photo: susan mccartney
about tad: author of the novel A Floating Life, as well as The Secret Life of Money and a dozen other nonfiction titles focused chiefly on the business lives of artists and writers; his stories and articles have appeared in such varied mags as Art in America, Confrontation, Glamour, Guernica, and The Nation.
Q & A with tad:
nook: first things first, i’d love it if you gave us a few impressions from your personal experience of writing and publishing a work of fiction, after so many nonfiction titles. differences and similarities in process?
tad: the difference in the writing process was enormous. my legal/business guides for artists, or even The Secret Life of Money, allowed for a plan that outlined the entire book before i started to write. when i started my novel, i had no idea what the ending might be. during the process, i wrote sections that risked hitting dead ends, and some of these sections couldn’t be used in the finished novel. as important as ‘knowing’ is to my nonfiction, ‘not knowing’ is to my fiction. i was willing to make mistakes of all sizes and kinds; so, the editing process—the balancing, shaping, and arranging—became ever so important in bringing the novel to completion.
nook: during my time as managing director of clmp, i sometimes found it challenging to advocate for good, diligent organizational practices and development with our members. it’s definitely not the glamorous, sexy part of the art world, or the publishing world, or any creative field! and, of course, so many artists and writers are strapped for time and cash, which makes it even harder for them to address these issues. you have an impressive list of nonfiction titles aimed at helping artists, writers, designers, etc., with the technical side of their careers. can you talk a bit about what drives your passion for the nonfiction writing?
tad: i grew up in the artist’s colony of woodstock, new york. i wanted to write, but went to columbia law school to be practical. by chance i was offered the opportunity to teach writing at the school of visual arts in new york city. i did this while practicing law, and soon discovered that my students knew little about law or business. this led me to create a course for them. i wrote Legal Guide for the Visual Artist as a textbook for the course. soon i was involved with many organizations that serve artists, and i continued to write books aimed at helping artists approach business issues. my passion for this certainly came, in part, from having grown up with artists and authors in woodstock. but meeting so many sva students, and also faculty, gave me an in-depth awareness of the challenges they face, and a desire to assist them. this finally led me to found Allworth Press in 1989, so i could publish a variety of books by many expert authors, to help creative professionals.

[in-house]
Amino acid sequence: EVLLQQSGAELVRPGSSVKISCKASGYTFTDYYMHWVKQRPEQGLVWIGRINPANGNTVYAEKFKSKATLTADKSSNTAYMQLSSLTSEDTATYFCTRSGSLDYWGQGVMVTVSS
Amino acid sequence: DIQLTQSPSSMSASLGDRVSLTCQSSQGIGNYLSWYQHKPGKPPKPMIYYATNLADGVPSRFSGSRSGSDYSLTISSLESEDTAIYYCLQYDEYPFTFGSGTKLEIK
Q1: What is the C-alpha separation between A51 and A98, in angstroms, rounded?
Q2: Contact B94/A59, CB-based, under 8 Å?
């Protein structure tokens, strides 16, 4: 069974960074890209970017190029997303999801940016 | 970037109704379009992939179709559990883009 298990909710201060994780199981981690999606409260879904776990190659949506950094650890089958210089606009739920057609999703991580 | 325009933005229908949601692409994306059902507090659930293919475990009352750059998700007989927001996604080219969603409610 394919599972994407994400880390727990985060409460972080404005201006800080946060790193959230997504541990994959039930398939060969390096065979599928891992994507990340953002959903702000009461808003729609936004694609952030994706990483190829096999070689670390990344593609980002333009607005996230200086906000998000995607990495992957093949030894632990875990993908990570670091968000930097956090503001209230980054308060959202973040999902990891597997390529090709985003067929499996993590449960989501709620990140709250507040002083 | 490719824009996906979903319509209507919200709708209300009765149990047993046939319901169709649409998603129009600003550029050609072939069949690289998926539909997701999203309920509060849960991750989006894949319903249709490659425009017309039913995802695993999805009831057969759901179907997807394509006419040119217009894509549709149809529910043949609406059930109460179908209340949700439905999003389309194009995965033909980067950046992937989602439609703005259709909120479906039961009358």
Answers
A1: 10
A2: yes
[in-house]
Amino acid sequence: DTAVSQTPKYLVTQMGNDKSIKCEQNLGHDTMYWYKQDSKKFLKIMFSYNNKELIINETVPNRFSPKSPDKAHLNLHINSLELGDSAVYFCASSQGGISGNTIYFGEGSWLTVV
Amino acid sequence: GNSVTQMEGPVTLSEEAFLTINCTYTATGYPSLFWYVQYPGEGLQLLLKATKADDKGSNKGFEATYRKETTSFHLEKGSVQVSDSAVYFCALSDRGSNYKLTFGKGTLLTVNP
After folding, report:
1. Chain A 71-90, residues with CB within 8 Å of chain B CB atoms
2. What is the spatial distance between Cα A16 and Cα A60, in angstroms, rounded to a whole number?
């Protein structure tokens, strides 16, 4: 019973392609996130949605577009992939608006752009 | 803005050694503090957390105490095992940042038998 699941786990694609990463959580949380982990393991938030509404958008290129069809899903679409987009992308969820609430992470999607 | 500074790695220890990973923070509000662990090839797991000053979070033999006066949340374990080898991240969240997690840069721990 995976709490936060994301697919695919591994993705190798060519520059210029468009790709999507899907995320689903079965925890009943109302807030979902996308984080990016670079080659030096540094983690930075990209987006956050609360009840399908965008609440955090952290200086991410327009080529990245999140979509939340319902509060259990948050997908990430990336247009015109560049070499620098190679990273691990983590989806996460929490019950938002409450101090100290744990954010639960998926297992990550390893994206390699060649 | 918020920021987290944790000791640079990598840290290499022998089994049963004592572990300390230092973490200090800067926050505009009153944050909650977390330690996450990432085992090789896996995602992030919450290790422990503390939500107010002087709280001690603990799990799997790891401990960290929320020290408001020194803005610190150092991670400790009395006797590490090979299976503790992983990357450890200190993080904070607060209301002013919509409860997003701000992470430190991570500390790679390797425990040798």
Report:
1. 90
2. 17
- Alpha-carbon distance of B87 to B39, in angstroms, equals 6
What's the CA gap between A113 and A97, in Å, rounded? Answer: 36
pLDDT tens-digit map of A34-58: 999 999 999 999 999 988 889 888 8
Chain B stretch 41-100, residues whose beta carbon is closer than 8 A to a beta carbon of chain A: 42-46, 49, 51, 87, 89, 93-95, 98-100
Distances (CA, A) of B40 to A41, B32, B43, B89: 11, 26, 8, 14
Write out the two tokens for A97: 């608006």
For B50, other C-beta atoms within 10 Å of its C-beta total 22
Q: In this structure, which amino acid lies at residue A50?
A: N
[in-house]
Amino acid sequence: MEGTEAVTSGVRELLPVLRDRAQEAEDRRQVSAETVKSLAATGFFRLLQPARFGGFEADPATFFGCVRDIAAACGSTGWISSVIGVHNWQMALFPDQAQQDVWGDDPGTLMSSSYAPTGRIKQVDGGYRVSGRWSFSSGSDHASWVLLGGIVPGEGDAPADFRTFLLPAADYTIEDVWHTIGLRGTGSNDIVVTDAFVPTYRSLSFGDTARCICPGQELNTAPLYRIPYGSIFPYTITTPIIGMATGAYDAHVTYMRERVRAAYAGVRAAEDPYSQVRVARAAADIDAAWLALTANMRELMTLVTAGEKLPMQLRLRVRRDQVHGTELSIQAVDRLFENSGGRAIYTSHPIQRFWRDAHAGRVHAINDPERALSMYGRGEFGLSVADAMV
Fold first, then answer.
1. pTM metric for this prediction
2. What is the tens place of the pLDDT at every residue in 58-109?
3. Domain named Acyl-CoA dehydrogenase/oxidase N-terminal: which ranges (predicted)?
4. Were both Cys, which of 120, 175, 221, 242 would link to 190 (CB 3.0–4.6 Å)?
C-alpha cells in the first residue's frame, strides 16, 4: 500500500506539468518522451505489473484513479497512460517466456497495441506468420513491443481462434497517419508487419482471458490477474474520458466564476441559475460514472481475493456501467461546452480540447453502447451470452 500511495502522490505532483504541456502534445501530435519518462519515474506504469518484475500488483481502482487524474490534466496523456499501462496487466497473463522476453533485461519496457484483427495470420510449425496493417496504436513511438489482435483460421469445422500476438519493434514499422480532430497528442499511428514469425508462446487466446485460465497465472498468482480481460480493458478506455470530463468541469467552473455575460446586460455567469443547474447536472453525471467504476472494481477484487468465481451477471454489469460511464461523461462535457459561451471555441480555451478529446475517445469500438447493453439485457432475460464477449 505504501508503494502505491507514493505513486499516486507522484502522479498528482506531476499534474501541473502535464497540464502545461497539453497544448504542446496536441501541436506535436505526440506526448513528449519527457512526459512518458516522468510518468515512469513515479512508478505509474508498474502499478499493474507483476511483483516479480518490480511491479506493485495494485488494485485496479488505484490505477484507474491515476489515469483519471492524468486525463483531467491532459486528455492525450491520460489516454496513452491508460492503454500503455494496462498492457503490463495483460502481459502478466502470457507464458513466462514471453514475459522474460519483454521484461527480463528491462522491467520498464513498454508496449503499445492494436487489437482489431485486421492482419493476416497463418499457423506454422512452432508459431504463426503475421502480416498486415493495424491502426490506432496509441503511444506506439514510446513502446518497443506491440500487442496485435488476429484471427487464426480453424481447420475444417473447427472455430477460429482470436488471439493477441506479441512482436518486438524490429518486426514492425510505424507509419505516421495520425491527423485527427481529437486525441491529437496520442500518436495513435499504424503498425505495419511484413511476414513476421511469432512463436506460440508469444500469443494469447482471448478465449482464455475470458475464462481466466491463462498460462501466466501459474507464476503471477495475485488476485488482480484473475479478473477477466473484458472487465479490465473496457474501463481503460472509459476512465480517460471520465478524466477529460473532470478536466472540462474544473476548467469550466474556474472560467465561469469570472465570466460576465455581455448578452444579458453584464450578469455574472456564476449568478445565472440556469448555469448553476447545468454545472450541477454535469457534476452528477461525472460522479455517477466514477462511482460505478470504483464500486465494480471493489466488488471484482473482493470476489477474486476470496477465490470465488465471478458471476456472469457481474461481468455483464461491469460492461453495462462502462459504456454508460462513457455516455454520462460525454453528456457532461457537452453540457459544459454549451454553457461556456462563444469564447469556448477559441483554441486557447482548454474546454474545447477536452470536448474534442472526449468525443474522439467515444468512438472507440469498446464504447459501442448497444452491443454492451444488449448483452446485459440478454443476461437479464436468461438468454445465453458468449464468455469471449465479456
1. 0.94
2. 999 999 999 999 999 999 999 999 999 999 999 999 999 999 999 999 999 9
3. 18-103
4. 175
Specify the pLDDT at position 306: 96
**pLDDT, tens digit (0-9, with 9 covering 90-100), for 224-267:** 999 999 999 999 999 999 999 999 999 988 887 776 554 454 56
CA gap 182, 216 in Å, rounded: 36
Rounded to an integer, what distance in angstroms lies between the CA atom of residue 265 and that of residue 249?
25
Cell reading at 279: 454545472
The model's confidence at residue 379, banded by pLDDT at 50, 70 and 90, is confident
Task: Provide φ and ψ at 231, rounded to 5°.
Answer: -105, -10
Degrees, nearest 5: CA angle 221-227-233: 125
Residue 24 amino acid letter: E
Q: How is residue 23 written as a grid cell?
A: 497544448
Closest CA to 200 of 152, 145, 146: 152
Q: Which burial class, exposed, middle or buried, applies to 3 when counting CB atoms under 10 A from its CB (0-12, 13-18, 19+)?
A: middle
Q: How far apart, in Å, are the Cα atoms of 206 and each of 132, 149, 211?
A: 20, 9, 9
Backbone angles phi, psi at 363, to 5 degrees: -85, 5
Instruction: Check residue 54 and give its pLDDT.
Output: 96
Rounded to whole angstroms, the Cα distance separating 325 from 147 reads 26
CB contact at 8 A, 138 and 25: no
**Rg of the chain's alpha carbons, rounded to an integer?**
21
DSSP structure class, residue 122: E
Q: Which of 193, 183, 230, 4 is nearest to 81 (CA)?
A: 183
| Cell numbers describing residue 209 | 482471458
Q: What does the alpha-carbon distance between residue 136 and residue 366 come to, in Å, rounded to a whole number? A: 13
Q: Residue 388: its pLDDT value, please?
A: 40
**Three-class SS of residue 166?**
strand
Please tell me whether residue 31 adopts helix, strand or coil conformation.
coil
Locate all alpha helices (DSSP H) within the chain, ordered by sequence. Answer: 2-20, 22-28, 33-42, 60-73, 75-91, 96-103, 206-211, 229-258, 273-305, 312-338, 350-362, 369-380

nook: on your website, i read about the recent hearings held by the copyright office on small copyright claims infringement. how’d that go? can you tell us a bit about this issue?
tad: well, the problem is that small claims for copyright infringement can’t be pursued without great expense in the federal courts. this makes it impossible for most artists and authors to sue for copyright infringement. the hearings were an attempt to develop legislation that would deal with this longstanding problem and make the copyright system more available to creators who aren’t wealthy. when i was active as an attorney, especially as general counsel to the Graphic Artists Guild, i focused on educating artists, but also seeking legislative changes to work-for-hire contracts under the copyright law. unfortunately, this remains an important concern for artists and authors.
nook: what was it like growing up on an artists colony in woodstock? i was immediately charmed by this fact in your bio, as the hudson valley holds a special place in my heart. i’ve spent a lot of time at bard in annandale and also in hudson, ny. i’m not sure what the specific question is here; i’m basically fishing for an evocative anecdote!
tad: woodstock in the ’50s and ’60s was a fascinating place. visual artists had discovered the valley’s beauty at the turn of the century, but many famous musicians also made their homes there. my mother was a sculptor who was active in the Woodstock Artist’s Association. the association staged a musical each year as a fundraiser. one year, my mother co-authored the musical with the village anarchist (who, despite coming from a wealthy family, lived without running water or electricity in a cabin in the woods, and hadn’t shaved since before the arrival of beatniks, much less hippies). one song they wrote depicted locals picketing the bus from new york, chanting “tourists go home!” this upset the chamber of commerce so much that, after a huge brouhaha, the lyrics were changed to “tourists come back!” old woodstock’ers (whose families had been there for generations), ibm’ers who came as employees, and artists who loved the rich and sometimes strange culture, all coexisted to make the town colorful even before the counterculture of the ‘60s. and i can’t tell you how often people asked me, “where did they hold the woodstock festival?”